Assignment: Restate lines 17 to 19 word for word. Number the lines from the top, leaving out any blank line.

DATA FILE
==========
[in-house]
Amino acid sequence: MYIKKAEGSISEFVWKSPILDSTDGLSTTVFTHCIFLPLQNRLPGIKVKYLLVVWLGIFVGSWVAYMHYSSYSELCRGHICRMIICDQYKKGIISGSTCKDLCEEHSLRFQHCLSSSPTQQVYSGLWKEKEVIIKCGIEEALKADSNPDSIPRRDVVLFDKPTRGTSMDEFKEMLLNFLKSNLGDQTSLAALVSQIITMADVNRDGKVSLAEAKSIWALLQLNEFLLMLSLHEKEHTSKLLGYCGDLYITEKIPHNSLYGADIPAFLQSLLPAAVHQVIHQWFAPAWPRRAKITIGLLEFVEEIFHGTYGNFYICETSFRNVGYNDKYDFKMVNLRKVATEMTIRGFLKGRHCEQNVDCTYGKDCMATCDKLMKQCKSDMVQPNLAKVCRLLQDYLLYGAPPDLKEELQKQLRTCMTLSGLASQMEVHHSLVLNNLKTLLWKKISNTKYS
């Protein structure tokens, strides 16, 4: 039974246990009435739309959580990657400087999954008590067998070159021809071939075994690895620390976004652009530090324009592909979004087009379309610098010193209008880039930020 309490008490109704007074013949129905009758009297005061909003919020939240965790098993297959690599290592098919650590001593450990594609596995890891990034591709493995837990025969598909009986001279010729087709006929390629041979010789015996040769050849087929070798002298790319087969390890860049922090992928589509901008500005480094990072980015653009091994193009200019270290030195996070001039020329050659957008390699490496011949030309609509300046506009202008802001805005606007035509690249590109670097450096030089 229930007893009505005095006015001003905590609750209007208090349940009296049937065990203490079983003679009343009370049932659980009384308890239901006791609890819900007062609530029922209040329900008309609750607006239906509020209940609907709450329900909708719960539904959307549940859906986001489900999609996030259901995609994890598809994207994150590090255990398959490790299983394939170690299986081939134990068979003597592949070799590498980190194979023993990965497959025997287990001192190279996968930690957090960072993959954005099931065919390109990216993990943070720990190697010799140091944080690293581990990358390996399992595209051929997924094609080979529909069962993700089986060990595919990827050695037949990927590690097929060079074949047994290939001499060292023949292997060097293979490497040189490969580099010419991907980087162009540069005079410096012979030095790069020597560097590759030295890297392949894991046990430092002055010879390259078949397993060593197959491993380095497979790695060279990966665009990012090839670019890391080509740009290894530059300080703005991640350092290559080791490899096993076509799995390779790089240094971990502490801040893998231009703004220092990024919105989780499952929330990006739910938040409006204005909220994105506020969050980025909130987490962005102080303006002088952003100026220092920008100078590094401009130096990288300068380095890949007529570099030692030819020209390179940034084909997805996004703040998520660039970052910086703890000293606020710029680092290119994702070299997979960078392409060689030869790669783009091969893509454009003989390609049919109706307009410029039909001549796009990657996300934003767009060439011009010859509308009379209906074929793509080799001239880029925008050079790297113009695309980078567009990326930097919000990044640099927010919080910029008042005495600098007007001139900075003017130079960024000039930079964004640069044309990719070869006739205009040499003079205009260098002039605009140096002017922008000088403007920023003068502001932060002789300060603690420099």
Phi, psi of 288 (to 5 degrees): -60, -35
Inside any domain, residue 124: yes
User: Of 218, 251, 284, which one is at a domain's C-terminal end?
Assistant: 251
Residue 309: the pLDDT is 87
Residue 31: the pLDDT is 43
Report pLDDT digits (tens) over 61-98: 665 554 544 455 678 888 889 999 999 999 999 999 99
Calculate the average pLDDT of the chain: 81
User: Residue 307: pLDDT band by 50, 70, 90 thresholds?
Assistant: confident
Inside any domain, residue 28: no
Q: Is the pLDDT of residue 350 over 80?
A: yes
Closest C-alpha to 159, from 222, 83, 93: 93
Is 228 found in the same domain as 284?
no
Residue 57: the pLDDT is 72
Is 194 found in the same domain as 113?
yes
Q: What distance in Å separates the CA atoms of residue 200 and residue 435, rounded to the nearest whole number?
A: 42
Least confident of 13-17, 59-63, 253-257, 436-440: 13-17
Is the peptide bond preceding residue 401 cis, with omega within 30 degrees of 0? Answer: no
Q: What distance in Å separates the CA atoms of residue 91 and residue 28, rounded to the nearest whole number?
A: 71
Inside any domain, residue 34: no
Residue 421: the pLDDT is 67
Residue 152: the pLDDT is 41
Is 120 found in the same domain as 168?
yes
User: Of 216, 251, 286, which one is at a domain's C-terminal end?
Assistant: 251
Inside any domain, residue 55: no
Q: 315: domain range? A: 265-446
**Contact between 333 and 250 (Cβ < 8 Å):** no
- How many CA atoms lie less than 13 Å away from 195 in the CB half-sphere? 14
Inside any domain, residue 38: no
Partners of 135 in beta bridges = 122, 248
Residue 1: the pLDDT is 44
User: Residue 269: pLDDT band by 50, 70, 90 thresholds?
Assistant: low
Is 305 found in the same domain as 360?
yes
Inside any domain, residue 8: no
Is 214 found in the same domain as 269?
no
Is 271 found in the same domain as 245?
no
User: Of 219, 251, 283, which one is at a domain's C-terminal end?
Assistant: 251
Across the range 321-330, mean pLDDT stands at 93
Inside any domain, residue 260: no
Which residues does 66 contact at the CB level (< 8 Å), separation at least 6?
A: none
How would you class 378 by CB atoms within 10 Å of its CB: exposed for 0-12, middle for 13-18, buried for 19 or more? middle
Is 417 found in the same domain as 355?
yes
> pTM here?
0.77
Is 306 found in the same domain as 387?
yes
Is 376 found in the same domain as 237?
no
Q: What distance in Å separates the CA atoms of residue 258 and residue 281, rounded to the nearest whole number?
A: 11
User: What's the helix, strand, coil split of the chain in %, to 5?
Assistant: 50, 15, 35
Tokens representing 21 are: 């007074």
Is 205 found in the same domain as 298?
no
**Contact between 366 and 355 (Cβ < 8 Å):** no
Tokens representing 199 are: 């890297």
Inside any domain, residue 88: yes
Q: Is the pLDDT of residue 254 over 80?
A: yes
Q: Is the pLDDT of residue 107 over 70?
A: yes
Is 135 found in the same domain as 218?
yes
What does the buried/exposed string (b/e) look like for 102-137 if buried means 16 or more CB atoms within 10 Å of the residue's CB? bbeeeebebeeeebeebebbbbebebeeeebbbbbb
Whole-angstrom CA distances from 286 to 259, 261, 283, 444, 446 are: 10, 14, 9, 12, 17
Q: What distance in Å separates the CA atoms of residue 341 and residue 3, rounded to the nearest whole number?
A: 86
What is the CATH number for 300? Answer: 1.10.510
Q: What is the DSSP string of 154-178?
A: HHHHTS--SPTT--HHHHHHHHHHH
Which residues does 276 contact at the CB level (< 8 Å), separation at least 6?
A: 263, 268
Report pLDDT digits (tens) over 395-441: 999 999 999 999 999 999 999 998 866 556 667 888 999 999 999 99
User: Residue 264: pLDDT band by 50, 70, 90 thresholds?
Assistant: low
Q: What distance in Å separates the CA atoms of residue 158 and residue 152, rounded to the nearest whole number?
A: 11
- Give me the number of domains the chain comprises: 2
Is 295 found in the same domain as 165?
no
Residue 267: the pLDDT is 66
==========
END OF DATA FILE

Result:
Closest C-alpha to 159, from 222, 83, 93: 93
Is 228 found in the same domain as 284?
no